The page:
One of the objectives of the TILMAN-ORG Project is to improve weed management under conservation agriculture (reduced tillage and/or cover crops) in organic arable systems. The shift from ploughing to conservation agriculture should not only maintain crop yield but possibly improve weed community diversity. This paper summarises the results on (1) weed abundance, (2) weed diversity and (3) crop yield obtained in the first year of the project (2012) in 13 trials scattered across Europe.
Tipo: Conference paper, poster, etc. Palavras-chave: Soil quality; Crop combinations and interactions; Soil tillage; Biodiversity and ecosystem services; Weed management.
Ano: 2014 URL: http://orgprints.org/24158/1/24158_MM.pdf
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Reduced tillage and green manures Organic Eprints
Cooper, Julia; Crowley, Oliver.
Julia Cooper and Oliver Crowley discuss the use of reduced tillage and green manures in organic arable and horticultural rotations.
Tipo: Journal paper Palavras-chave: Soil; Biodiversity and ecosystem services.
Ano: 2012 URL: http://orgprints.org/23582/1/cooper-2012-reduced-tillage.pdf
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Saving fuel with non-inversion tillage Organic Eprints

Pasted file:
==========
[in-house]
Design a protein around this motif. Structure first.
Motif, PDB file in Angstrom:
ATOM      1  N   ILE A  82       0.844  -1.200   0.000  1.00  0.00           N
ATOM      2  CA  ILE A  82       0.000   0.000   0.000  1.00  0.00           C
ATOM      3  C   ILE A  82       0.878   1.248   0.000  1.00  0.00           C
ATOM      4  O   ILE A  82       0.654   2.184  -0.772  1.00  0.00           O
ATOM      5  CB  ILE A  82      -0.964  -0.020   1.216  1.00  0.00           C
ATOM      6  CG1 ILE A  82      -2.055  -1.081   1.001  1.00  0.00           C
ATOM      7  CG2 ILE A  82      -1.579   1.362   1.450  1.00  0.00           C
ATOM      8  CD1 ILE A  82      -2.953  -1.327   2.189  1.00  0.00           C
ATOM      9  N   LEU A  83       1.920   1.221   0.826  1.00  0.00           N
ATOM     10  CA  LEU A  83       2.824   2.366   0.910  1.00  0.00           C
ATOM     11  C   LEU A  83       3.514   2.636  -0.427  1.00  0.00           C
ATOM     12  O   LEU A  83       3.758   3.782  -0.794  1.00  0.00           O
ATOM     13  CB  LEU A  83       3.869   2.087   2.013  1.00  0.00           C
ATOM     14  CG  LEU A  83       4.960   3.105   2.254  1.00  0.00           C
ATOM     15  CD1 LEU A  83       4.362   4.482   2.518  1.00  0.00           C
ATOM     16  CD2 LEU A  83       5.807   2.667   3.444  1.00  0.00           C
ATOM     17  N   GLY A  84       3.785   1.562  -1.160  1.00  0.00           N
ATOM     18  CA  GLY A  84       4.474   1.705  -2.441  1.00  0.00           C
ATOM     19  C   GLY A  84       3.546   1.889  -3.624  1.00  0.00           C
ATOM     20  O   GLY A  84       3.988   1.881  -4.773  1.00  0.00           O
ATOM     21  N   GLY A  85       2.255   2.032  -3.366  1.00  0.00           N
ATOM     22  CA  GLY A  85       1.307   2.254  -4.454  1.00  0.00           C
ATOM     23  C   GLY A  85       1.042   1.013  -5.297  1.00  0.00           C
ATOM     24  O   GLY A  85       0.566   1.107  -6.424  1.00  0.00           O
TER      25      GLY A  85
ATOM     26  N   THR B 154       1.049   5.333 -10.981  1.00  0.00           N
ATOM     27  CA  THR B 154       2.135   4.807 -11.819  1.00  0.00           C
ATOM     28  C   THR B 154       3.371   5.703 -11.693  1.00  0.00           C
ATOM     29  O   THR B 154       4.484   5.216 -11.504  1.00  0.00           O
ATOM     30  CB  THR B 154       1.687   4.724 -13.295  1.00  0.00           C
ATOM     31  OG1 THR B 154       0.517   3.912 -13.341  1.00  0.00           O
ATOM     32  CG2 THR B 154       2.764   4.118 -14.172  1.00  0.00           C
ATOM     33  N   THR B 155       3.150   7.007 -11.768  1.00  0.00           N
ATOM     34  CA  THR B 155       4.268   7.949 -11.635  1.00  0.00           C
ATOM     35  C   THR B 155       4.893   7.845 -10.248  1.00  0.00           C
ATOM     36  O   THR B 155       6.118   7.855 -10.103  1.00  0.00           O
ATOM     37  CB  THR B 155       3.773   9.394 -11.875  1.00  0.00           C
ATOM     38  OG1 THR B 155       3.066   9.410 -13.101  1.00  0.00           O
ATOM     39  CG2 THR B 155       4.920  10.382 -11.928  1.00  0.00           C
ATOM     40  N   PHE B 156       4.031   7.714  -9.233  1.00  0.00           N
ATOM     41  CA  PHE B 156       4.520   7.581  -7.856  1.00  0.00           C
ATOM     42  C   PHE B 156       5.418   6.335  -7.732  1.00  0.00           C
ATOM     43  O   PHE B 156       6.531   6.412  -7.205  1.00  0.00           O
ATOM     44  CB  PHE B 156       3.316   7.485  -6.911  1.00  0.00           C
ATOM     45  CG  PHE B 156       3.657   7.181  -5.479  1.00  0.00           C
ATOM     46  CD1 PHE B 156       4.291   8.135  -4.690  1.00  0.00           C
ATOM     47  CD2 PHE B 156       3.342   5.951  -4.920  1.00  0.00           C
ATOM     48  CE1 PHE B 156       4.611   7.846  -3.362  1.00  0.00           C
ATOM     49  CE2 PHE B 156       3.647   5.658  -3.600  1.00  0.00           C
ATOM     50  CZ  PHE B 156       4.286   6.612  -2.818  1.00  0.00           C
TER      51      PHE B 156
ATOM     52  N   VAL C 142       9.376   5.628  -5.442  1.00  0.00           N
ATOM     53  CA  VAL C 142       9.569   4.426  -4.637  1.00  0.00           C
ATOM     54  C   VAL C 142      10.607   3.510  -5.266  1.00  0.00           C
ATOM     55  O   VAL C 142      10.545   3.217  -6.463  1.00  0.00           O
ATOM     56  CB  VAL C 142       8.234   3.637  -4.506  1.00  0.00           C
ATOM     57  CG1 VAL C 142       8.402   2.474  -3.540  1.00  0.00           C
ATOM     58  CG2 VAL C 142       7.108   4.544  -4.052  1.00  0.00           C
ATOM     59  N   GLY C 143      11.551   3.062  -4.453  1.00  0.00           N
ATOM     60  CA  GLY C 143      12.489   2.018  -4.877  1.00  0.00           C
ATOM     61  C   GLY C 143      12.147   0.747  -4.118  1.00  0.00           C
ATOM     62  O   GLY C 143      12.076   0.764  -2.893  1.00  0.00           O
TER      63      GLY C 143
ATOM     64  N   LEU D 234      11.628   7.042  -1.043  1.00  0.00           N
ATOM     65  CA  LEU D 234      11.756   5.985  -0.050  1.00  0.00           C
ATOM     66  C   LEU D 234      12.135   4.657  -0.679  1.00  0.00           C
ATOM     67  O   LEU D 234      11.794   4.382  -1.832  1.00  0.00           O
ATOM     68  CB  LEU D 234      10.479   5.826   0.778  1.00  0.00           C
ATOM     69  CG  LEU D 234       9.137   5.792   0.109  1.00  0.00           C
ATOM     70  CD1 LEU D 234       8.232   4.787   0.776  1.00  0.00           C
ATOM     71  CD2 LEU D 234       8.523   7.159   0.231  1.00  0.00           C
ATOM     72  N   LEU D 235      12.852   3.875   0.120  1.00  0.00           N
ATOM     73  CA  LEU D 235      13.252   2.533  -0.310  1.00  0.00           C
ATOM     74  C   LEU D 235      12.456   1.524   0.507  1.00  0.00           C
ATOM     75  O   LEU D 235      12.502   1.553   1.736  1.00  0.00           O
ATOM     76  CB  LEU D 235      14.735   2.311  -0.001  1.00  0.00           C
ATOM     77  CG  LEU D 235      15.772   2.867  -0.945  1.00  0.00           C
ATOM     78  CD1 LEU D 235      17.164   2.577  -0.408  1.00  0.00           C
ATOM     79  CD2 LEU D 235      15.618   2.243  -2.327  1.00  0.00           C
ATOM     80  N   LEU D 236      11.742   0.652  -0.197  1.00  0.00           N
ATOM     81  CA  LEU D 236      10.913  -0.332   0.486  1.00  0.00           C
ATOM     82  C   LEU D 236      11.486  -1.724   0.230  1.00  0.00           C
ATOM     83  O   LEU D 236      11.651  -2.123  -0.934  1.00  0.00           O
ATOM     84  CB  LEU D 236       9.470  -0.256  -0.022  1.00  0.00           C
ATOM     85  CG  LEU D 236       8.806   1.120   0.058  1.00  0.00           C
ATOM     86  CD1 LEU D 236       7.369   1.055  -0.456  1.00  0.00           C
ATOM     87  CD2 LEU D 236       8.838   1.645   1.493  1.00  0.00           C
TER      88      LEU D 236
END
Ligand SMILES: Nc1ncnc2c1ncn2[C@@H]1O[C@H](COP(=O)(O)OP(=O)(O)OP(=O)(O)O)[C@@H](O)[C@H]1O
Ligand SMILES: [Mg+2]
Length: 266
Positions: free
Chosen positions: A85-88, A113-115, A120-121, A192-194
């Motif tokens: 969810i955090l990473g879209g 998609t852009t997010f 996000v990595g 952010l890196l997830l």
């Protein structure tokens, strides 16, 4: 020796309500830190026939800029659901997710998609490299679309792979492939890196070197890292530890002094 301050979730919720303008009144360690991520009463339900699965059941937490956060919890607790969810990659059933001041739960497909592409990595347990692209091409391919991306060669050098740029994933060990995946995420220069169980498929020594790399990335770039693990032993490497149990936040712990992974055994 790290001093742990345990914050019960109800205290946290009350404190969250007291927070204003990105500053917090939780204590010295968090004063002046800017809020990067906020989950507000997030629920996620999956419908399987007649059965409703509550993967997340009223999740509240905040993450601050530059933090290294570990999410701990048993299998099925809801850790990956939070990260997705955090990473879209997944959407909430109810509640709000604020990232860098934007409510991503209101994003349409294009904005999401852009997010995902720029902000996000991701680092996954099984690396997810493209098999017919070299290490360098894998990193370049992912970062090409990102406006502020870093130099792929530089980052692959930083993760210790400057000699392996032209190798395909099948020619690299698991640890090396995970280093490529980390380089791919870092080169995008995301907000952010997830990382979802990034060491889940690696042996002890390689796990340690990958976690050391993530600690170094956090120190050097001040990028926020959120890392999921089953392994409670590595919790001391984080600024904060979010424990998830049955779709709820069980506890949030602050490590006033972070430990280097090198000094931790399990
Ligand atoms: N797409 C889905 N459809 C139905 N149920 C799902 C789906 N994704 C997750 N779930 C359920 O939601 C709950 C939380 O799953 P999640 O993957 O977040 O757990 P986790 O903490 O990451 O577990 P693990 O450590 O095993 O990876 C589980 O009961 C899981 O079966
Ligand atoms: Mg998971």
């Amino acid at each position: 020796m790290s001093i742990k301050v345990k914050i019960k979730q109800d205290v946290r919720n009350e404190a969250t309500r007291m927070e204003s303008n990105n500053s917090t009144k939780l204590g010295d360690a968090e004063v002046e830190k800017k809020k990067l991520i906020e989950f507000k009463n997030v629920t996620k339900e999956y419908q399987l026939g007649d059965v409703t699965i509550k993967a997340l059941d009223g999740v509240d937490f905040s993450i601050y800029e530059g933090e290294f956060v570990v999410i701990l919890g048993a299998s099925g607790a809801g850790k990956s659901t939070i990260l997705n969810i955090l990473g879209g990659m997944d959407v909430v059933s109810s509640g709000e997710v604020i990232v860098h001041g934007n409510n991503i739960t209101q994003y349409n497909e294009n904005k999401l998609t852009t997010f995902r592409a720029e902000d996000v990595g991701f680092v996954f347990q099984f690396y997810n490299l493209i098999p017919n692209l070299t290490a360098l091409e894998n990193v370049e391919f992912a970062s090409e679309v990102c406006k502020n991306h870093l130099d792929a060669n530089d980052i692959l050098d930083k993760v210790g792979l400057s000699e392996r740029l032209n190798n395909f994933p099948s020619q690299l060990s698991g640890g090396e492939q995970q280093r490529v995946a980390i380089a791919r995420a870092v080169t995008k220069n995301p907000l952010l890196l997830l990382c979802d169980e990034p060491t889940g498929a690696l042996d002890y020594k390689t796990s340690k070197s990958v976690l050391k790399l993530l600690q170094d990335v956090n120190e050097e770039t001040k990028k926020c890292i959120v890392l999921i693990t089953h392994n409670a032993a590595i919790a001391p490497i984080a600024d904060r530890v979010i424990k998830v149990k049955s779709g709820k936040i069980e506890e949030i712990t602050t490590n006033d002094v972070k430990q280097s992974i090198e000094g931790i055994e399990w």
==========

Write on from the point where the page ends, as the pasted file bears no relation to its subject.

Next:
Crowley, Oliver; Showering, Jemima; Döring, Thomas.
The mouldboard plough is the traditional and proven method of preparing a seedbed for drilling and controlling arable weeds. However there is a downside; trials have shown deterioration in structural stability, losses of soil organic matter, poor moisture retention and infiltration rates (Riley et al 2008). Farmers have long been aware of these adverse impacts of mouldboard ploughing, but concerns over the greenhouse gas emissions associated with tractor usage have prompted a fresh look at cultivations. ORC researchers, Oliver Crowley, Jemima Showering and Thomas F. Döring consider the case for non-inversion tillage.
Tipo: Newspaper or magazine article Palavras-chave: Soil tillage; Soil.
Ano: 2010 URL: http://orgprints.org/19879/1/2010.Crowley_et_al.NIT.Bulletin103.pdf
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Shallow non-inversion tillage in organic farming maintains crop yields and increases soil C stocks: a meta-analysis Organic Eprints
Cooper, Julia; Baranski, Marcin; Stewart, Gavin; Nobel-de Lange, Majimcha; Barberi, Paolo; Fliessbach, Andreas; Peigne, Joséphine; Berner, Alfred; Brock, Christopher; Casagrande, Marion; Crowley, Oliver; David, Christophe; De Vliegher, Alex; Döring, Thomas F.; Dupont, Aurélien; Entz, Martin; Grosse, Meike; Haase, Thorsten; Halde, Caroline; Hammerl, Verena; Huiting, Hilfred; Leithold, Günter; Messmer, Monika; Schloter, Michael; Sukkel, Wijnand; van der Heijden, Marcel G. A.; Willekens, Koen; Wittwer, Raphaël; Mäder, Paul.